How To Make A Guest List For Your Next Dinner Party | Tasting Tab

How to plan the perfect guest list for your next dinner party

Dinner parties aren't just for warm nights and rooftop rosé. The right time to host a proper, everyone-around-the-table dinner party is all year round.

As you prepare for your next evening gathering, now is the perfect time to cover some hosting basics. Let's start with the one thing that can make or break a party: the guest list. Sure, the food is important, but at the end of the day, it's the guests that make a party memorable.

One of my all-time favorite dinner parties involved inviting over the entire staff of a travel magazine I was working for. My husband and I didn't have a table at the time, so we borrowed a couple of card tables (which we covered in newspaper) and folding chairs, and set out loads of candles all over the apartment. I made a big pot of boeuf bourguignon, everyone brought wine, and the mix of guests was so interesting and animated that no one even noticed the lack of a proper table.

There isn't one right way to plan a guest list, but here are a few helpful guidelines:

Don't worry about everyone knowing each other. One of the best things about hosting a dinner party is introducing your various friends to each other. This summer, I drove across the country and hosted dinner parties in eight cities. Guests were meeting each other for the first time, and every single time, people lingered at the table so long we practically had to kick them out!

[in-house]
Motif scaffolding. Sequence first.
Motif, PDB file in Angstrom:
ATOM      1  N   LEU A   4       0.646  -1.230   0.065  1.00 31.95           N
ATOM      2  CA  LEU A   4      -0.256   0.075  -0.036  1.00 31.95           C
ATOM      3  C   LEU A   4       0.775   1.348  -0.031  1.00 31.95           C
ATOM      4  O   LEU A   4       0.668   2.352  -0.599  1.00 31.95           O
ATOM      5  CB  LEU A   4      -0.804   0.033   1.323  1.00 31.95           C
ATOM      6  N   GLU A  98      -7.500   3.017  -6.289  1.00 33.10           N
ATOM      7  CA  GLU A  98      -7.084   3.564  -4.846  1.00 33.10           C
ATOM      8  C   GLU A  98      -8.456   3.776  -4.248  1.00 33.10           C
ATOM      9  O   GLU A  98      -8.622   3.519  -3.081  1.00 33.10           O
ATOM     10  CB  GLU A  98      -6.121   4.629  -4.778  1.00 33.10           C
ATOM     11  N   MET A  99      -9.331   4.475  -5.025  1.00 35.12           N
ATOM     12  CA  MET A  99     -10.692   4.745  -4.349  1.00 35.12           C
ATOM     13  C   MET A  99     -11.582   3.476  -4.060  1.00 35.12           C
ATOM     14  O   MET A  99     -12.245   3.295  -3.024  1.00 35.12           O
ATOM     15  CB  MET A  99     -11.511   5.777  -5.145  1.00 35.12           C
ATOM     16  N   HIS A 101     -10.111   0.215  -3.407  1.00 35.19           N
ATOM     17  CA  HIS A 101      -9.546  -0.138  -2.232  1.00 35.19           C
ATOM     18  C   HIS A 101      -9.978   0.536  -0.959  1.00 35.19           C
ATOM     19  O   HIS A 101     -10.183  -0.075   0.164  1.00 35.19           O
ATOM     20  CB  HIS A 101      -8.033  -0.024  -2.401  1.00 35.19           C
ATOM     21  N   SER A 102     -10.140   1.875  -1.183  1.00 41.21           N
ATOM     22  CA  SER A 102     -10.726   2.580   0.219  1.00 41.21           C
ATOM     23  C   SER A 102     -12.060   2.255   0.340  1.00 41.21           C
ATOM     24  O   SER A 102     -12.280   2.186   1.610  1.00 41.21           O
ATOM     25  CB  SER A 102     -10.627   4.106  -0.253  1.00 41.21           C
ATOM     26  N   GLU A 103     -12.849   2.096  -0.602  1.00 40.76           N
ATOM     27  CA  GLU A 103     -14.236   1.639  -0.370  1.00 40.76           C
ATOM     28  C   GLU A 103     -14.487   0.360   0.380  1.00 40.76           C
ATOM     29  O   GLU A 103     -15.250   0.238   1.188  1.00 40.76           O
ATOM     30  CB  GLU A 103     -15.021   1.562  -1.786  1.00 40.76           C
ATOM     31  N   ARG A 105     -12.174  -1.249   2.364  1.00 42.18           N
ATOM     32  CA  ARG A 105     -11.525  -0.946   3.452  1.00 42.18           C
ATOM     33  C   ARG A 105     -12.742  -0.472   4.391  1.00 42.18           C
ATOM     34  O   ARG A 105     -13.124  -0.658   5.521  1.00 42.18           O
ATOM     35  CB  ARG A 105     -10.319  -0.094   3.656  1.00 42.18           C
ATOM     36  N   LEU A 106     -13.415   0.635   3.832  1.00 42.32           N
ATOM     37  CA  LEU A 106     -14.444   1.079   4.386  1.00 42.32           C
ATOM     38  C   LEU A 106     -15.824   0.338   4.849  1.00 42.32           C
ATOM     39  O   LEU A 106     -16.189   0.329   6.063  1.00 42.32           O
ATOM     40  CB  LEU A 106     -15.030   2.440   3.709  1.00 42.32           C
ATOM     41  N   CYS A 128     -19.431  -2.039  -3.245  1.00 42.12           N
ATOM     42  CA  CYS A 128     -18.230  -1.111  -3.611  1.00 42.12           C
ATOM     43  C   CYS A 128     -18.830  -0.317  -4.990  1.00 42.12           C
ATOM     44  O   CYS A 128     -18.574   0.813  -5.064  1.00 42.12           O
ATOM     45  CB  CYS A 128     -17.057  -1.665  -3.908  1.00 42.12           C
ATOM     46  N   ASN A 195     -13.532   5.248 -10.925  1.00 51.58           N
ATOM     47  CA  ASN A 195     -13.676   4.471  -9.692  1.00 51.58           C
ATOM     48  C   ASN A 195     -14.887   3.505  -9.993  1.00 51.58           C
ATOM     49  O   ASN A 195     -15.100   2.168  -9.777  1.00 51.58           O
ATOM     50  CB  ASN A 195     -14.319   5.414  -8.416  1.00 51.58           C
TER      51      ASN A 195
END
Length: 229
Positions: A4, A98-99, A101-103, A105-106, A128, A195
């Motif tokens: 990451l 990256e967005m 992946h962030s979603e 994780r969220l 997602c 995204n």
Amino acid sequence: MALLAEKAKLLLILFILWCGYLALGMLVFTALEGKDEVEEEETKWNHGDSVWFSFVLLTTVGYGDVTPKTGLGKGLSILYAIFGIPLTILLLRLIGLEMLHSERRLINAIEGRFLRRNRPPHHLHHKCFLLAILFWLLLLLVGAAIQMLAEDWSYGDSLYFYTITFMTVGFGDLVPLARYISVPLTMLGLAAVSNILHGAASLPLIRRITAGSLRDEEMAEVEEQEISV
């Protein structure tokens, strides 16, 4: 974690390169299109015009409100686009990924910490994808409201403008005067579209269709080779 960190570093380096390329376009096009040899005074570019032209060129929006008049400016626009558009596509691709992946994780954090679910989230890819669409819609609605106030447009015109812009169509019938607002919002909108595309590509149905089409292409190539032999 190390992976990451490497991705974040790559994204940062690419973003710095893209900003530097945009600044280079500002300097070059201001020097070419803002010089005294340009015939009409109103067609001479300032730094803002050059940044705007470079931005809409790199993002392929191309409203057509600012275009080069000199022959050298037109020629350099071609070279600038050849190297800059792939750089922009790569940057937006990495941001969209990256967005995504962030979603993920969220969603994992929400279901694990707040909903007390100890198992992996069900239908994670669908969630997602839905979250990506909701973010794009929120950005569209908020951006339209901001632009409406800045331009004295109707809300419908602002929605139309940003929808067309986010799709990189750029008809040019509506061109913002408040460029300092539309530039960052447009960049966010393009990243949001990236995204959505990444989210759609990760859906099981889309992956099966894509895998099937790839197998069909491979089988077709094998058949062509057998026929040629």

...but make sure there's at least some overlap. Sure, a group of strangers can potentially connect over dinner, but it's best if you're not the only common denominator. I try to make sure that everyone coming knows at least one person besides me. That way they have someone to chat with when I'm checking on the food or talking to other guests.

Namecards make it less awkward for everyone. [Photo: Eric Ryan Anderson]

Mix it up. My favorite dinner parties are the ones where guests have a range of different backgrounds, careers, and interests. I'd rather not go to a party of all bankers or all doctors or all writers—it's fun to get some different voices around the table.

Have a plan B. Think about how many people your table can seat. Invite that many—plus maybe two extra—to start, but go ahead and create a list of alternates so you can invite others as soon as you get regrets for the first group. Don't worry about having extra seats—people are always happy to come over for a home-cooked meal, even if you're texting them on short notice!

Assign seats. This may seem a bit formal, but I'm a huge fan of name cards, especially when guests don't all know each other. Otherwise, people relive that awkward high school moment where they're staring at the table and wondering where to sit. You're the host: Think about what will make your guests most comfortable. Put everyone by or near at least one person they know, and then seat them besides or across from someone with whom you think they'll really connect. Also think about the flow of conversation—place your guests in such a way that you won't end up with a quiet end and a rowdy end.

Break up the couples. Add another element of intrigue to dinner parties by alternating male-female around the table and by intentionally never seating partners together. The logic? Couples see each other every day, and a dinner party is a chance for everyone to meet new people.